In one U of I study, putting 50% of nitrogen on at planting meant the other 50% could be applied as late as pollination with no loss in yield. With no N at planting, application of all N had to occur before corn was roughly knee-high to produce full yields.
Purucker adds that corn plants uptake N at maximum rates between knee-high and pre-tassel stages — only three to four weeks. And Nafziger explains that since good soils hold N well, early availability of N to the crop may be better than waiting until the crop is at the stage of taking N up rapidly. Why?
Early availability of N assures it will be there when rapid uptake begins. Dry soils can delay N from getting to the roots, which can result in deficiency. Under very wet conditions, roots tend to not function well, which can lower N uptake no matter when application occurs. If soils stay wet for several weeks, a supplemental application of N might increase yields in some cases.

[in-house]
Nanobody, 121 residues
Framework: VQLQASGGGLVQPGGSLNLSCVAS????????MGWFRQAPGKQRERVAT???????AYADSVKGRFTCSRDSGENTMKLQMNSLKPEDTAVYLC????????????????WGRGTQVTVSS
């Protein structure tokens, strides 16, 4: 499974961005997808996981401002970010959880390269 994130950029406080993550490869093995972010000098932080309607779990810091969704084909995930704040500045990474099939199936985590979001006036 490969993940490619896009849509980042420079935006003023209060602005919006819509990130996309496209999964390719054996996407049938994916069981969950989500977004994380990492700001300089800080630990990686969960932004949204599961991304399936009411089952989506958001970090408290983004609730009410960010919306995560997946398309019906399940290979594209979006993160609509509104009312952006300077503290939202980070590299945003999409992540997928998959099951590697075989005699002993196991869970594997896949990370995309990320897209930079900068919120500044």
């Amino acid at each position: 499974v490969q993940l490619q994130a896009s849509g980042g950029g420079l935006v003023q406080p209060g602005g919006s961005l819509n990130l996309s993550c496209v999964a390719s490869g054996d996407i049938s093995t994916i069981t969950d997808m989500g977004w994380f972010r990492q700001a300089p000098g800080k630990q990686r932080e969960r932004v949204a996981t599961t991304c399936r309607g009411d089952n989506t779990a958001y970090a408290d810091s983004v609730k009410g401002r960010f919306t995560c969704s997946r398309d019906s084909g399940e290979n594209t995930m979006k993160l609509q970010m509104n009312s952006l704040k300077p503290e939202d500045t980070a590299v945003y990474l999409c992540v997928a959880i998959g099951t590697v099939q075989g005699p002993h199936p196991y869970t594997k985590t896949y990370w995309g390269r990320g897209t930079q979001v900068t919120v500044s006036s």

3. Sidedress application. The term “sidedress” is an old term, referring to application of fertilizer between corn rows after the crop has made some, but not too much, growth, Nafziger says. The definition has expanded to include application of N between planting and as late as pollination using high-clearance equipment. With GPS guidance, farmers can apply N between rows before, at the time of or soon after planting. This helps lower the time pressure of getting this operation done.
If sidedressing is done with anhydrous ammonia, the N should remain in the soil until crop uptake begins. Sidedress application doesn’t tend to produce higher yields than application of all N before planting if early application is done properly. Sidedressing taller corn is possible with high-clearance equipment, but this increases the risk of dry soils delaying movement of N to the roots and N intake.
4. Early-season scouting for nutrient deficiencies. Purucker says early-season scouting is one of those tools in the toolbox to understand potential nutrient deficiencies in your fields. Take the time to physically check your fields for signs of deficiencies and record what you see.